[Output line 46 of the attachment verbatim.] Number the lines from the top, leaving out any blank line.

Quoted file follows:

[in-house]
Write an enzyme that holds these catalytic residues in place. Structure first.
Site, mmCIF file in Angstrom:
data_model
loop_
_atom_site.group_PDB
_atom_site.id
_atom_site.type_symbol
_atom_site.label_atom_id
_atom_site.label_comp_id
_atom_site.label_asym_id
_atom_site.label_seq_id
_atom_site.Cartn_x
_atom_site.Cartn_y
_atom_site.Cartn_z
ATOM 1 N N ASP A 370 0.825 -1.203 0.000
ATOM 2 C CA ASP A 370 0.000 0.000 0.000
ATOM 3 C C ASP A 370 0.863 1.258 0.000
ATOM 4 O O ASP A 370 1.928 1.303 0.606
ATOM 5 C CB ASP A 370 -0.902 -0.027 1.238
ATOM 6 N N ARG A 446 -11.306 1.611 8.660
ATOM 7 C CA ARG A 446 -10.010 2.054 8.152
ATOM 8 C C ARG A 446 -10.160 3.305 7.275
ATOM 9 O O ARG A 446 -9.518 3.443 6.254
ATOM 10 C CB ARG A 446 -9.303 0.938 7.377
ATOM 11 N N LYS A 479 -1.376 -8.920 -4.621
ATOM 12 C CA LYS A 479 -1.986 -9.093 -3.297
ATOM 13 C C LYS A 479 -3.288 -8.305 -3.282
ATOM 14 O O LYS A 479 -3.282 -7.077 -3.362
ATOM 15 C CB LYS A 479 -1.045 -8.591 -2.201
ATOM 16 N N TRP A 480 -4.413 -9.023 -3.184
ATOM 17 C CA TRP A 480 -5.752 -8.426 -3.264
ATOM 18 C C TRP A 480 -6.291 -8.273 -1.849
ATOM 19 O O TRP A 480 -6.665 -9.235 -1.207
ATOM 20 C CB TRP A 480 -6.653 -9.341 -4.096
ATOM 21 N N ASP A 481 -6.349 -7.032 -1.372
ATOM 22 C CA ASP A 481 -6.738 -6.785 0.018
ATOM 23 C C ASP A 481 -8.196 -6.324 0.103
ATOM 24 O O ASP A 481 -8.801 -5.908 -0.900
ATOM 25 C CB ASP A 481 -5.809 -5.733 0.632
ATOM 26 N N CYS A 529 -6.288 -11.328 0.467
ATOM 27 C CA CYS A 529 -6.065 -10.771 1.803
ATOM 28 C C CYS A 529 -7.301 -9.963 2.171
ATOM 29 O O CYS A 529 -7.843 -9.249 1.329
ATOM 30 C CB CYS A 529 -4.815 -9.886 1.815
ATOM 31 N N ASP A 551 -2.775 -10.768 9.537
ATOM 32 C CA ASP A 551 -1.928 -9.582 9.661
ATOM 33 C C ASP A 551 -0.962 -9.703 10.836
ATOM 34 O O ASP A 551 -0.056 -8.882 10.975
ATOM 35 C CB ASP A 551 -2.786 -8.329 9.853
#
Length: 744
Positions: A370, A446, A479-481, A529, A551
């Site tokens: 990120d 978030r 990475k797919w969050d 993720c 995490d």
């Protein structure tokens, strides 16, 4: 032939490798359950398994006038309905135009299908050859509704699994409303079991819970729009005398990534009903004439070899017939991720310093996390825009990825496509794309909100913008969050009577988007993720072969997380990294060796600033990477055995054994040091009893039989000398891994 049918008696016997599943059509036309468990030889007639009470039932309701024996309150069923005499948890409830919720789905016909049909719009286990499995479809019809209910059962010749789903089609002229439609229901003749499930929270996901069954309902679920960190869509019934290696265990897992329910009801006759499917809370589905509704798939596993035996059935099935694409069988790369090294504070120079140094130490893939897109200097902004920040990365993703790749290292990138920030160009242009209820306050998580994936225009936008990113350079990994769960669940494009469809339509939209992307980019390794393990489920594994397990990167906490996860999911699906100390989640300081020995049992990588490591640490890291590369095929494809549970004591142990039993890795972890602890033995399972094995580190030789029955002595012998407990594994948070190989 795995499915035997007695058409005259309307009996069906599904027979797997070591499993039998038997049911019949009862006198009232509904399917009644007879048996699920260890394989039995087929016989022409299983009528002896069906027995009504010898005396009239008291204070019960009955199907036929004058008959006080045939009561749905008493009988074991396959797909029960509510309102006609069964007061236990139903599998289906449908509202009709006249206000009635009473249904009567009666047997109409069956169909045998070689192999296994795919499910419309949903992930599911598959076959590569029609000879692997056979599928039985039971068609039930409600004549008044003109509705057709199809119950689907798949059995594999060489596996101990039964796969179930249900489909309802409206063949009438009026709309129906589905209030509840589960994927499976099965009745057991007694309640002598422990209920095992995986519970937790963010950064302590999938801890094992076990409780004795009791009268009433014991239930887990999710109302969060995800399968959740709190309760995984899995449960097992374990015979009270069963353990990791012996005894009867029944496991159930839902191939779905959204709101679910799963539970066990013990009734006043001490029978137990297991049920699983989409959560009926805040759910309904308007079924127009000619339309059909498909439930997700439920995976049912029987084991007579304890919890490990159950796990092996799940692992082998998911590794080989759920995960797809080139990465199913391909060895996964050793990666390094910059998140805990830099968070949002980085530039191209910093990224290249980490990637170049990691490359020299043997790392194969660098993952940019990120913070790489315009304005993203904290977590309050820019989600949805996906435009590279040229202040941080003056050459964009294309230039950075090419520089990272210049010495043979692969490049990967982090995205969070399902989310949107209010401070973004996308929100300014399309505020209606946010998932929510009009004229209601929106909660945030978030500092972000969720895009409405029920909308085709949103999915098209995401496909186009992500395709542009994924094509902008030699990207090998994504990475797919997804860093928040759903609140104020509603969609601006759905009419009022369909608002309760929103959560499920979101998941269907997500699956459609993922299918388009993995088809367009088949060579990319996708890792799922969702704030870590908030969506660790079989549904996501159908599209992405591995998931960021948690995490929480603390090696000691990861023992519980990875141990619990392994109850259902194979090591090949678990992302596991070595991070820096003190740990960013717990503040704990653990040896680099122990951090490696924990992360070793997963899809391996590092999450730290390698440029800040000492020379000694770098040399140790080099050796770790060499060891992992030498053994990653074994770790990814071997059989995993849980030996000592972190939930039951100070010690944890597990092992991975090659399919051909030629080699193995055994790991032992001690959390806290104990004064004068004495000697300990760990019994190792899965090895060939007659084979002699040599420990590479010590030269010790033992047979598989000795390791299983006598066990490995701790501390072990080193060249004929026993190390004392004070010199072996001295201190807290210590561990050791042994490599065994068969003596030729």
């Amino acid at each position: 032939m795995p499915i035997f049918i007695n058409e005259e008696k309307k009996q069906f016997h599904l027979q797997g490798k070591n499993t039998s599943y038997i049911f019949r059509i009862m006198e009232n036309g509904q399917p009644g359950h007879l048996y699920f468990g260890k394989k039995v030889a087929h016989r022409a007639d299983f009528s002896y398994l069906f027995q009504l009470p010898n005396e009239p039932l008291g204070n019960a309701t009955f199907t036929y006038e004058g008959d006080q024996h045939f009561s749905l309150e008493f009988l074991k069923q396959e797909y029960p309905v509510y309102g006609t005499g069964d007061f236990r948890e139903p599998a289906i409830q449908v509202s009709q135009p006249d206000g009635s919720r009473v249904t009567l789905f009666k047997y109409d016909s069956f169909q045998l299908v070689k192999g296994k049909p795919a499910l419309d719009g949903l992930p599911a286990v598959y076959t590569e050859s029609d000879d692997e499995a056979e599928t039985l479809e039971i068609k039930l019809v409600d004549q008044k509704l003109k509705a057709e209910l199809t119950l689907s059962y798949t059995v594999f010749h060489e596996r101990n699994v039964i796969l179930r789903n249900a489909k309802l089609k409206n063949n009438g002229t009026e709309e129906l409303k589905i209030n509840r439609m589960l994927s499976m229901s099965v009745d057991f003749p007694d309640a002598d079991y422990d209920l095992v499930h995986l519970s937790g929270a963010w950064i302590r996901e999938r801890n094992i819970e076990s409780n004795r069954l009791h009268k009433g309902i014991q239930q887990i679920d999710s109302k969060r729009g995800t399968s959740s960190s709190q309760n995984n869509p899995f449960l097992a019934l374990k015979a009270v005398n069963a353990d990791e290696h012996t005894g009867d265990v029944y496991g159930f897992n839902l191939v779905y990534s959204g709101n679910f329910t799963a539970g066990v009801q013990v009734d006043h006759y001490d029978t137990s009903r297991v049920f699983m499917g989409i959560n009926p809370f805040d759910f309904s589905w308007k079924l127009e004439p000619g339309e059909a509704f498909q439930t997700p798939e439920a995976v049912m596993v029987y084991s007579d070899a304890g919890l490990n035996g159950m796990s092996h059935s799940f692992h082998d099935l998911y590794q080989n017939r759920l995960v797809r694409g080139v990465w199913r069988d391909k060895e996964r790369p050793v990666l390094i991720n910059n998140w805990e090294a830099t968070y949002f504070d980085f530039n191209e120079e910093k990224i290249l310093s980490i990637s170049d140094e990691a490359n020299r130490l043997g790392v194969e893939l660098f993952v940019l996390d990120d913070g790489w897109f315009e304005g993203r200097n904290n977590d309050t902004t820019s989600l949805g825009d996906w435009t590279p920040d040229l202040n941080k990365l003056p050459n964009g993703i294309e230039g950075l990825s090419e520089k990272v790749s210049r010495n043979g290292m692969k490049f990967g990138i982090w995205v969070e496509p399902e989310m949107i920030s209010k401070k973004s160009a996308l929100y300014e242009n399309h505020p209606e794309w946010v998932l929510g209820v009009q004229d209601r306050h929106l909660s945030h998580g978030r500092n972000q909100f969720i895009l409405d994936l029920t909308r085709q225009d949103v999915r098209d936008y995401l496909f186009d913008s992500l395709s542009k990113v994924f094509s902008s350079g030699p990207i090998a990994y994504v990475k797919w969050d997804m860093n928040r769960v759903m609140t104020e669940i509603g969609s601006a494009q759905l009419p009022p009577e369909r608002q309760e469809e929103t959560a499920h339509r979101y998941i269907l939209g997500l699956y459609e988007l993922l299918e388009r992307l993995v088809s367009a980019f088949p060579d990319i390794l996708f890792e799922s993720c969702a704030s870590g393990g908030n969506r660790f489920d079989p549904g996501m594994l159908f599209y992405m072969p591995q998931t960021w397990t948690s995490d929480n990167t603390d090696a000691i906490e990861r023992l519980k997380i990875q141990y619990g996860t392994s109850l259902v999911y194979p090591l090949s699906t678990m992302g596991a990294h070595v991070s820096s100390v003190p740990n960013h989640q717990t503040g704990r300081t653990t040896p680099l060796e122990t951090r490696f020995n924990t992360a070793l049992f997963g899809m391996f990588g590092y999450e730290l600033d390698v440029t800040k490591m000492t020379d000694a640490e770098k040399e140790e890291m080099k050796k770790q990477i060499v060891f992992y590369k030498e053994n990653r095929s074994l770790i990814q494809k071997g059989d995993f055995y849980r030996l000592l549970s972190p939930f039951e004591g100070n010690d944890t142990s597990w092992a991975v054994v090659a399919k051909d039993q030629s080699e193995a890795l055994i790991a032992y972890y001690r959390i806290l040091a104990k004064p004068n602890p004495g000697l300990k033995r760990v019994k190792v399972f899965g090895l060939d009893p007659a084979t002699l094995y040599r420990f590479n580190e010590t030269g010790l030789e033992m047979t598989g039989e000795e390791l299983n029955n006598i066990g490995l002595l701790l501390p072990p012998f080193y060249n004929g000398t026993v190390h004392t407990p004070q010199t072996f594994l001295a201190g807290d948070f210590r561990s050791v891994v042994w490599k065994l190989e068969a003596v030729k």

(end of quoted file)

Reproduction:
ATOM 31 N N ASP A 551 -2.775 -10.768 9.537